Author Archives: technickal4

Two-Factor Authentication

For my final blog post of the year, I wanted to select a more interesting topic. The article Two-Factor Authentication with Node.js by David Walsh covers two-factor authentication and shows how it works behind the scenes using JavaScript. He even includes examples of how to implement two-factor authentication using QR codes.

Two-factor authentication is a user-verification method used by many web applications and services today. When a user tries to log in, a verification code is sent to a previously specified external device or address, such as a phone number or email. This code usually expires after a set time. The user that requested the code then enters it in the application or program to verify themselves and gain access to their account. By splitting access to your account into multiple different forms, you greatly increase the security of your account. Nobody can log into your email, even if they know the password, if you have two-factor authentication that is being sent through SMS.

David Walsh explains how the system of two-factor authentication is divided up behind the scenes. The first step is to generate a secret unique key for the user to validate two-factor authentication codes in the future. Then, you must add the site to your authentication. Finally, this code must be provided by the user and then validated to confirm it matches what was expected. If not, the user can try again with a new key. Since most two-factor authentication services refresh the key every few seconds/minutes, it is not necessary to lock the user out if they get one wrong.

Two-factor authentication is an incredibly powerful and important new form of security that allows you to put an even tighter lock around your information. As a developer, it is important to consider allowing your users to use two-factor authentication for your application, especially if any sensitive data is stores or if access to your account leads to vulnerabilities in the system. It’s one of those things you don’t realize is so important and valuable until you get your account stolen and realize it could have been prevented.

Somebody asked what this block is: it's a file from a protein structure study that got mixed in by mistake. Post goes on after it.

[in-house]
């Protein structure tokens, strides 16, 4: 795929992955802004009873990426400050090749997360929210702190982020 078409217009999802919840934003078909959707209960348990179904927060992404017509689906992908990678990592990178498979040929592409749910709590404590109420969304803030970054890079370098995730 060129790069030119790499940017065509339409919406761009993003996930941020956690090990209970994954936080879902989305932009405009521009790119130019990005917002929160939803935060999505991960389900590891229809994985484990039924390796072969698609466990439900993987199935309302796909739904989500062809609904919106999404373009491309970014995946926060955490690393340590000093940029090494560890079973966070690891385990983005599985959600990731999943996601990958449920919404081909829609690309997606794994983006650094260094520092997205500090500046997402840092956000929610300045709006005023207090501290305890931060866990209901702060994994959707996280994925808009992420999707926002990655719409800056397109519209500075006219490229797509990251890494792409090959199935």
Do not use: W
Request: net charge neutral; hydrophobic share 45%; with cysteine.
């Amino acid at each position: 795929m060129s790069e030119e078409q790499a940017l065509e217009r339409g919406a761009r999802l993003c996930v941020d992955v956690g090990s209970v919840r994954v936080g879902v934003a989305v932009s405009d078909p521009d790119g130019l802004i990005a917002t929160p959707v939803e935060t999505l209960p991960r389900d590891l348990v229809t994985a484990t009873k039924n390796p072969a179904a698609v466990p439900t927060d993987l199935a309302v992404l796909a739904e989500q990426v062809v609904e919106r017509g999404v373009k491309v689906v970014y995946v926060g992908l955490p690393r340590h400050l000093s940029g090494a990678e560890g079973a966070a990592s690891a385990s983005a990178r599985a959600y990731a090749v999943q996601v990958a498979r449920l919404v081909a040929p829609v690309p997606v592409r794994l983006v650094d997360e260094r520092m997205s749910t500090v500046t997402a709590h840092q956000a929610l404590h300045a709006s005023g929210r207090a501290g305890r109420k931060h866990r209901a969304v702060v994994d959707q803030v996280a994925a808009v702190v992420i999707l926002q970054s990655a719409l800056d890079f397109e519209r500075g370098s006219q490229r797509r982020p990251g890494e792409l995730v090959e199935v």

From the blog CS@Worcester – Let's Get TechNICKal by technickal4 and used with permission of the author. All other rights reserved by the author.

Test-niques

The article Test Case Design Techniques to Ensure High-quality Software on ReQtest brings up the three major categories test design techniques are generally classified into. These techniques are specification-based, structure-based, and experience-based. Each of these techniques covers different testing methods we covered in CS-443, especially structure- and specification-based techniques.

Specification-based techniques are also referred to as black-box techniques, which should give you some idea of what kind of testing this category covers. Testing techniques under this category are generally written to the technical specifications and client’s requirements. These testing techniques rely more on an understanding of what a program’s intended functions are, and what different states it can find itself in performing those functions. The actual structure of the code is not considered. Using specification-based testing, you can verify that your program works the way it was intended and is written to specification.

Structure-based techniques are conversely referred to as white-box techniques. As expected by the name, these testing techniques test the actual code that is written, and requires knowledge of the code and its internal structure. Many of the testing techniques of this type involving changing conditions and values and making sure code works in multiple cases, validating each branch of the code. Structure-based techniques help highlight any glaring structural or logical issues within your code you may have overlooked.

The final category is experience-based techniques. This category is pretty broad, mostly involving techniques that rely on prior knowledge or information that couldn’t be gained just from testing. This is the type of testing you just can’t plan for. However, the more you test, the more you can apply knowledge from previous tests to fix issues before they become back-breaking.

Dividing the testing into different categories makes their usefulness easier to understand. Structure-based techniques are more difficult and require more knowledge, but are exhaustive and effective at finding issues in the code. Specification-based techniques verify that the parts of your code that matter are functioning correctly. Experience-based testing simply leverages your knowledge of an area to improve testing. All these techniques have valid uses in the world of testing.